Also known as cobalamin, vitamin B-12 is one of the eight water soluble B complex vitamins that your body requires to stay healthy. Their ability to dissolve in water makes it difficult for human bodies to store them, bringing about the need to include these vitamins in your daily diet. Eating meals that include foods such as soymilk, eggs, poultry, dairy products, lean meat and organ meat such as liver and kidney helps replenish your body’s vitamin B-12 reserves besides boosting your health in various ways.
According to Harvard Health Publications, your body requires about 2.5 micrograms of vitamin B12 to avoid health complications such as memory loss, delusions and depression. The University of Maryland Medical Center on the other hand notes that, combining 1000 milligrams of vitamin B12 with 2,500 milligrams of folic acid together with 500 grams of vitamin B-6 can help you prevent eye complications such as age-related macular degeneration or AMD, for short.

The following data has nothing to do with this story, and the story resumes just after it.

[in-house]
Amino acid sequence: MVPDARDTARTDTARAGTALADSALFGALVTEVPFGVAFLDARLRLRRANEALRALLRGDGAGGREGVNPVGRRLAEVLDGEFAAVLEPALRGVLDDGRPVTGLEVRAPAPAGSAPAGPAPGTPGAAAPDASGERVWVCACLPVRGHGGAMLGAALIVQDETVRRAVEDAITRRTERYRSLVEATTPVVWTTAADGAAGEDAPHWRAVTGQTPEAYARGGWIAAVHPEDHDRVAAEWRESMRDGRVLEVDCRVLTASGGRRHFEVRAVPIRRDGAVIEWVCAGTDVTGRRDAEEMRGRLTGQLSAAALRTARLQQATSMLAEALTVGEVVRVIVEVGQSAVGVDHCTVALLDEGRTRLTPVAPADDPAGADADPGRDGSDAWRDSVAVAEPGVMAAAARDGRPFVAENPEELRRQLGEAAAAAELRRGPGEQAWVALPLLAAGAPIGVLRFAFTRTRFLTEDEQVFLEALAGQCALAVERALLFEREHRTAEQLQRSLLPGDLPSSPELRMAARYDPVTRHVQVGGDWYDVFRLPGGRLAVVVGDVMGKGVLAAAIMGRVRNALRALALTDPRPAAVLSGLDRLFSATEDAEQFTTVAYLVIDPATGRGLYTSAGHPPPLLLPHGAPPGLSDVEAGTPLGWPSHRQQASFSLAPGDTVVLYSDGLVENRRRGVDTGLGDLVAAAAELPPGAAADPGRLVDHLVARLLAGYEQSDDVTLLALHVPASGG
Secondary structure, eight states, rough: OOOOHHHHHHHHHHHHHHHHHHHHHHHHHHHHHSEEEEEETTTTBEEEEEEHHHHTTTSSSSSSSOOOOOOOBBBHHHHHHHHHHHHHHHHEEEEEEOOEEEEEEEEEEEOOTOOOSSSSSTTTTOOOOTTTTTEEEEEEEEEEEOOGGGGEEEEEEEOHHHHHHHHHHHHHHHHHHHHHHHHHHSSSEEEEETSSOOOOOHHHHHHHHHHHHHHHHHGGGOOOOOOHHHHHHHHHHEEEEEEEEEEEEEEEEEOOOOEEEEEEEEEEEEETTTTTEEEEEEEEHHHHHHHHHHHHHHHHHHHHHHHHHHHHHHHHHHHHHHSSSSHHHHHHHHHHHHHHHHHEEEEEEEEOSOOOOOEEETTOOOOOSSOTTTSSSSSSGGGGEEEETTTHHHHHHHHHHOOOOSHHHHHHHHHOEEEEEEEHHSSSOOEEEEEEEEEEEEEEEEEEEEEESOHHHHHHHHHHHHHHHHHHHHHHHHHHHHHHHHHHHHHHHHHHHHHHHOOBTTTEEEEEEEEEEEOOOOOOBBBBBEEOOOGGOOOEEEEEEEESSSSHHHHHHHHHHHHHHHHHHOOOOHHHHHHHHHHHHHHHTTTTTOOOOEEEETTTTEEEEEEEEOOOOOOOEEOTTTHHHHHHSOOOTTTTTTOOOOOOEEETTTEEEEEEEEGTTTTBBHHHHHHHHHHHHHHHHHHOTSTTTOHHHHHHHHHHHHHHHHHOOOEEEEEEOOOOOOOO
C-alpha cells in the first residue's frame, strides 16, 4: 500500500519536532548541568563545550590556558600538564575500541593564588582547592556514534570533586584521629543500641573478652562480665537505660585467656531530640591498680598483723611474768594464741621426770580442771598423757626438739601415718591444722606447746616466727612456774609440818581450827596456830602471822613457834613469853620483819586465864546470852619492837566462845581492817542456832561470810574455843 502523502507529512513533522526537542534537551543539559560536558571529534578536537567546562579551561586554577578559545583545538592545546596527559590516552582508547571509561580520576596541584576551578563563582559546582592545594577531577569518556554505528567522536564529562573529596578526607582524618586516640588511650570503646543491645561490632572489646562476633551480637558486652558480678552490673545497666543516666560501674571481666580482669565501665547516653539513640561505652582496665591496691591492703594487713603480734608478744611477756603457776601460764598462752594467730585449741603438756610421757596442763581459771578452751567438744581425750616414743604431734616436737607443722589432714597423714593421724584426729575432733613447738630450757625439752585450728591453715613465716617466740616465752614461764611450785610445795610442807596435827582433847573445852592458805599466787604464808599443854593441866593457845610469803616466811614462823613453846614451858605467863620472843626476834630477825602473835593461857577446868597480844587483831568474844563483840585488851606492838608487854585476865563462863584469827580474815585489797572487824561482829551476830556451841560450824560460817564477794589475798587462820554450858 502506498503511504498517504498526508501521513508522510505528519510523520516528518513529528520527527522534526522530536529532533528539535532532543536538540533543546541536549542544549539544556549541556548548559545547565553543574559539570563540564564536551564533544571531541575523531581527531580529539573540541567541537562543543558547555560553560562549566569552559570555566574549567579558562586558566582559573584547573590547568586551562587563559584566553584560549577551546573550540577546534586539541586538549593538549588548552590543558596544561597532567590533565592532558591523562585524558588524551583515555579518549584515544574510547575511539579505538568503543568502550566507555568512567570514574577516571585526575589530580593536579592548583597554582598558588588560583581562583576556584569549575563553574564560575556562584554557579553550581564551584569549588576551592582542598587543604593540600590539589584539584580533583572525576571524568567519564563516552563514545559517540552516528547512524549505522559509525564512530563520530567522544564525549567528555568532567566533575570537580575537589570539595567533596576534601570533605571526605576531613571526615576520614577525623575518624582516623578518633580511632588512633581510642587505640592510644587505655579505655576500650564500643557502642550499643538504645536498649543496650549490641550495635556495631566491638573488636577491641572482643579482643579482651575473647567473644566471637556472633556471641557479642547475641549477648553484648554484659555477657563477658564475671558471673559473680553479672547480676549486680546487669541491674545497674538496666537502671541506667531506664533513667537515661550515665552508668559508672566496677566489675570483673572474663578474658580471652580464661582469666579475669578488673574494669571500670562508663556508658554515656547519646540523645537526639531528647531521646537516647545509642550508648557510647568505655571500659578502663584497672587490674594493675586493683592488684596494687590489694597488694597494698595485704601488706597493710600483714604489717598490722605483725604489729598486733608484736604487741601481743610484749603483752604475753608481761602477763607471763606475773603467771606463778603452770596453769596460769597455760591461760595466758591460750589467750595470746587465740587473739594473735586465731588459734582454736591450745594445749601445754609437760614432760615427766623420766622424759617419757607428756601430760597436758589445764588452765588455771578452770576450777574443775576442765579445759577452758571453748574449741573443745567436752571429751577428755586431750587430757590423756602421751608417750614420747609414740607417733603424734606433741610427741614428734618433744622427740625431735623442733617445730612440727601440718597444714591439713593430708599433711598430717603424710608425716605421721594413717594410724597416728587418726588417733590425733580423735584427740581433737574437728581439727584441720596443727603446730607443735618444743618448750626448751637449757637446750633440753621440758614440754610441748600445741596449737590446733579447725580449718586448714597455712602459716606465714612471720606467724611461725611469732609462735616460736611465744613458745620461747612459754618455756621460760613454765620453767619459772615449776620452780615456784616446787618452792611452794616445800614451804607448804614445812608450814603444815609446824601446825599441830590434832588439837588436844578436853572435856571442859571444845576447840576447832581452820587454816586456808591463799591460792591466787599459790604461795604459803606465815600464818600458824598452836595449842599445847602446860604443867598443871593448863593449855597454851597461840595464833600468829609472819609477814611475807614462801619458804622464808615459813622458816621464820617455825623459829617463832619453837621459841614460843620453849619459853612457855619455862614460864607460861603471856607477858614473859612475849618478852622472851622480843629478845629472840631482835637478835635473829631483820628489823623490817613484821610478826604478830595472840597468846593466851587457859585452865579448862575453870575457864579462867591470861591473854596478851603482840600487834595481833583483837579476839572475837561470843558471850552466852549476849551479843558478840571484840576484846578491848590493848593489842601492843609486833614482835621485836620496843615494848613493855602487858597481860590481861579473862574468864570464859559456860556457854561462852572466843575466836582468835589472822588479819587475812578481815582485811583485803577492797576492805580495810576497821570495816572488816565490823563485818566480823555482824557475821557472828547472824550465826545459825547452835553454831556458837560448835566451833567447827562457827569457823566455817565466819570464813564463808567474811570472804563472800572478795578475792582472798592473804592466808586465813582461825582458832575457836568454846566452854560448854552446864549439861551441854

You can as well avoid ailments that may lower your productivity in life such as numbness that leads to walking problems. Other diseases that you can avoid by making foods that are rich in vitamin B-12 part of your routine diet include jaundice, inflammation of the tongue and anemia. The vitamin is as well believed to be a significant dietary precautionary measure against cancer of the breast since studies by the University of Maryland Medical Center indicates that vitamin B-12 deficiency in women who are in their postmenopausal stage, increase their chance of developing breast cancer.
Grabbing a bottle of vitamin B-12 supplements can be an effective way of boosting your energy levels, widening your concentration span and bolstering your immunity besides helping you slow down the aging process. This means that making this vitamin part of your daily diet and using supplements that contain it in its original form can give you a well rounded and healthy dietary care for a stronger and healthier body.
- University of Maryland Medical Center: Vitamin B12 (cobalamin)
- New York Times: Vitamin B12
- Harvard Health Publications: Vitamin B12 Deficiency can be Sneaky harmful